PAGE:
It's All About The Little Things

It’s All About The Little Things

In today’s fast paced world, it’s easy to overlook the small things in life. We want things that are bigger, faster and readily available. It’s easy to forget to take the time to smell the roses, kick your feet up, breath and enjoy the process. The same thing can be said about fishing. Bigger fish, more fish, wish I was there yesterday. I always hear before a trip “How many fish will we catch?” or “What’s the average size we will catch?” and that seems to overshadow the actual fact that they are going fishing. And once fishing, we tend to be creatures of habit. Here are some tips to help you appreciate the little things while fishing and see things from a different perspective.


When I first started fishing, I would rush down to the water, jump right in and start casting. I remember being so worried about the other person (real or not) getting to the fish or the hole before me that upon arrival, realize I forgot something. I was so focused on the end result that I didn’t even appreciate the process. Time, and several fish later, have taught me a valuable lesson, SLOW IT DOWN! Now, I take my time when I go fishing. I enjoy my coffee at the car, get ready slowly, meander down to the stream and have a seat. I watch what is going on in the river, study the bugs, look for rising fish or hatches and plan my strategy. I enjoy the process. If there is a fellow fisherman down there, I may even strike up a conversation and say hello. And if I’m lucky enough to fool a few fish, even better.


Many a time I hear from good fisherman “What am I doing wrong?” or “I can’t catch a fish for the life of me.” It’s hard for me to know what you are doing or how you fish without being there but often those questions are followed by “I always catch fish on this fly” or “I’ve been using this set up for the past week and crushing fish” followed by, “I DON’T GET IT!” People are creatures of habit. The same applies to the way we fish. Too often we rely on the same ole set up or proven methods from the past and that has its place. However, when the fish aren’t agreeing, I have a saying “When in doubt go smaller.” Fish are smart and in tune with their environment even more than we are. We need to put everything in our favor and going smaller will help that. Go down one or even 2 sizes smaller on your tippet. I recommend 6X or even 7X. Use a longer leader to put the fly that much further from the fly line. Use smaller flies in the 20-24 size range. Change up your indicator from a Thingamabobber or Airlock to a yarn indicator, which presents the fly that much quieter and with no splash. Instead of weight which can be loud and unsightly, use a weighted fly which looks more natural and may even catch a fish or two. Going smaller not only applies to size, but also the way we think and fish. Next time you’re questioning yourself, take the advantage back and go smaller.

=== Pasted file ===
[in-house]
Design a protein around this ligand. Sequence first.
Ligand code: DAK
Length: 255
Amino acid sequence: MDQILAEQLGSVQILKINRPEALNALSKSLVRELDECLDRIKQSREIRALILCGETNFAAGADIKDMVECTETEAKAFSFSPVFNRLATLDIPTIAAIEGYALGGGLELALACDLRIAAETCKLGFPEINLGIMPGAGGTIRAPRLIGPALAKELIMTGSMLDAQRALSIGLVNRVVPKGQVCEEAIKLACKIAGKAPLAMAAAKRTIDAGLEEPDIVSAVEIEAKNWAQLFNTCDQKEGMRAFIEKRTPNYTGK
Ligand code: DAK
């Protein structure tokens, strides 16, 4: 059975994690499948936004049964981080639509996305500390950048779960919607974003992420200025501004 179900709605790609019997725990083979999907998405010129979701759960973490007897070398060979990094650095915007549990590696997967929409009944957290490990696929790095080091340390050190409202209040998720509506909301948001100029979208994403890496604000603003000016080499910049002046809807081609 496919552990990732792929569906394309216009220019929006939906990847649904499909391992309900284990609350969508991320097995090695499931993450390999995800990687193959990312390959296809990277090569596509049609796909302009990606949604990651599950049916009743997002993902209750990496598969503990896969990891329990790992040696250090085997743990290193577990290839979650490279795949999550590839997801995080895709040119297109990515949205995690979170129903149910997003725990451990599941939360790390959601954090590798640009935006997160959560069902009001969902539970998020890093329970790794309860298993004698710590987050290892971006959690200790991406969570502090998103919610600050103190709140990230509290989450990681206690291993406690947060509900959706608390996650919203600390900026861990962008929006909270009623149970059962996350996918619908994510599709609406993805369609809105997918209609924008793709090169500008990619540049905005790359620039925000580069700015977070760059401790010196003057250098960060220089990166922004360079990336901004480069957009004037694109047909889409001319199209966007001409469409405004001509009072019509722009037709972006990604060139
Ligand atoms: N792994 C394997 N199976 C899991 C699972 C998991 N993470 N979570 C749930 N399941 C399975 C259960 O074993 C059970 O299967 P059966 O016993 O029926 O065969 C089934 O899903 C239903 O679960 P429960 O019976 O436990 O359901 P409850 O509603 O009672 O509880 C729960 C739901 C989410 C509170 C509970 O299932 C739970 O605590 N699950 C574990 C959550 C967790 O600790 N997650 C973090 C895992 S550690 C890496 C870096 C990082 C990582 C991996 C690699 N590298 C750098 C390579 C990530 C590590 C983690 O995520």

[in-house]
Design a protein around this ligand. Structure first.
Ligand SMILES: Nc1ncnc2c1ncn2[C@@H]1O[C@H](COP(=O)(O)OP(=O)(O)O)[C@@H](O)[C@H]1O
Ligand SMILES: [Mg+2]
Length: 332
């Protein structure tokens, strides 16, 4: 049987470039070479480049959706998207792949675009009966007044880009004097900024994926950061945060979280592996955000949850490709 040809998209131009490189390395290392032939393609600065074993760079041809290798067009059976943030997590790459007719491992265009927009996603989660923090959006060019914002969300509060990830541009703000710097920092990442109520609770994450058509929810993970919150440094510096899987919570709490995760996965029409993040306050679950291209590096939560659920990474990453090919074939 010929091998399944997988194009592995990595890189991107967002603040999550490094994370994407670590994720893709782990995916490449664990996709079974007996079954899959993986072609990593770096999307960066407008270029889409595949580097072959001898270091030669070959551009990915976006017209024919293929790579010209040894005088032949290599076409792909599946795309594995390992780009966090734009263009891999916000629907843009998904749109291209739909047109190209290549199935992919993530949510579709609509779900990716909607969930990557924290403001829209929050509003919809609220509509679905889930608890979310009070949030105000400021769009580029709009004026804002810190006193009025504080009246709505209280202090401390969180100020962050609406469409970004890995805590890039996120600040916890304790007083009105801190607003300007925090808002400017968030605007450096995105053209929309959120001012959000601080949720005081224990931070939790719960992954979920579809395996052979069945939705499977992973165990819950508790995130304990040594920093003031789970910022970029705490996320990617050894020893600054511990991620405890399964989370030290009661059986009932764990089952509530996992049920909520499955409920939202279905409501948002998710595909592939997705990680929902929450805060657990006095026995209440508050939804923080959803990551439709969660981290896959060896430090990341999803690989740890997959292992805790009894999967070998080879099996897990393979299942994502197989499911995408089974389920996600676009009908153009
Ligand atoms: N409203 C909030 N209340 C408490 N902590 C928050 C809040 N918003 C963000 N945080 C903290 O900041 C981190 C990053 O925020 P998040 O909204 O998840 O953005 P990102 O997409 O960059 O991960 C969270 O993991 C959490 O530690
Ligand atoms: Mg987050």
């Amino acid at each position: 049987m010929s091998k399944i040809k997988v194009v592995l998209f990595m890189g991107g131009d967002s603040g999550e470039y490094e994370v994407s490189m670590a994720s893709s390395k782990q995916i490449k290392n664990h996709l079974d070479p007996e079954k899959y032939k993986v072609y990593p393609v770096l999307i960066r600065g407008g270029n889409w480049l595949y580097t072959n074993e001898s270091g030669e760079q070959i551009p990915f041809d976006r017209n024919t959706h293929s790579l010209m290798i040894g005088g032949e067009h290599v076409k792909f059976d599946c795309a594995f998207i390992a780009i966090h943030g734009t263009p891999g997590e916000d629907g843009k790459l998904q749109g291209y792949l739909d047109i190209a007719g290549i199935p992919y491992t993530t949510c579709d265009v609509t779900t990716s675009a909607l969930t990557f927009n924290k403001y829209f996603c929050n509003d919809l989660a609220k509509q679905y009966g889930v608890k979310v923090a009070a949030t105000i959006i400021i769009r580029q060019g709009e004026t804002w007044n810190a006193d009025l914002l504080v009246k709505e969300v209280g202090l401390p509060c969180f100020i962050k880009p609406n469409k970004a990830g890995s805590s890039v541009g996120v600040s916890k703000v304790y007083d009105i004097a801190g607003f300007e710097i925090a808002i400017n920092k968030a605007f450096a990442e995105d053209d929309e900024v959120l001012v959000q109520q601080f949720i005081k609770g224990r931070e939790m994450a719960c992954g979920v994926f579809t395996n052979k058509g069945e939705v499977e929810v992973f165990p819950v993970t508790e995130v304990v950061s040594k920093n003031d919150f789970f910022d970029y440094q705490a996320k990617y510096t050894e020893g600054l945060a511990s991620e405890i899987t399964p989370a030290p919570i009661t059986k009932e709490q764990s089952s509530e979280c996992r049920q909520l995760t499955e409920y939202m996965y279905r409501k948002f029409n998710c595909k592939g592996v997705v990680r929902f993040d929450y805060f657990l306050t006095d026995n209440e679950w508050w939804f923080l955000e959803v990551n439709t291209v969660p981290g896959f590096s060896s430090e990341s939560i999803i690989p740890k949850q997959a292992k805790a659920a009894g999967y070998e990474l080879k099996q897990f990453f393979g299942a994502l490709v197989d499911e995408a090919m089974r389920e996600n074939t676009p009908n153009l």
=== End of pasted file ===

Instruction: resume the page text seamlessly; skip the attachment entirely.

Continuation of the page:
Some of us are lucky to have several, others one or two. Whatever your situation, having a good fishing buddy to me is priceless. Fishing buddies come in many shapes and sizes, but they all have one thing in common, they share your enthusiasm for fishing and are always ready to go. Who you choose to fish with can be the difference between a great day on the water or a miserable one, even if you don’t catch a fish. They understand you and have the same mindset. A fishing buddy of mine always says, “Boy, I’ll tell ya, it’s so nice that we share the same pace.” Neither one of us are in a rush, we are “enjoying the process.” You understand that it isn’t just about catching fish and the day as a whole is better for that. When you’re slacking or are hurting from the night before, they have your back and will row the boat for you, although that always comes with future consequences and rightly so. Yes, a good fishing buddy is hard to find, so let’s raise a glass to all the fishing buddies out there. And let’s not forget our four legged friends for they are the best of the best.


There is nothing I look forward to more when I’m headed out to fish than a good cup of coffee. This may seem strange that a simple beverage could bring me so much joy, but it has become synonymous with fishing and the things that lie ahead. I enjoy the smell and the taste, filling up my favorite “fishing” mug and taking that first sip. AAAAHHHHHH, it’s time to fish!

Remember the next time you go fishing, take a step back, take your time rigging, give your fishing buddy a high five, pet your dog and take that last sip of coffee before strolling down to the river, for its all about the little things. After all, “Catching a fish is just a bonus!”

Blog written by Brett Elkman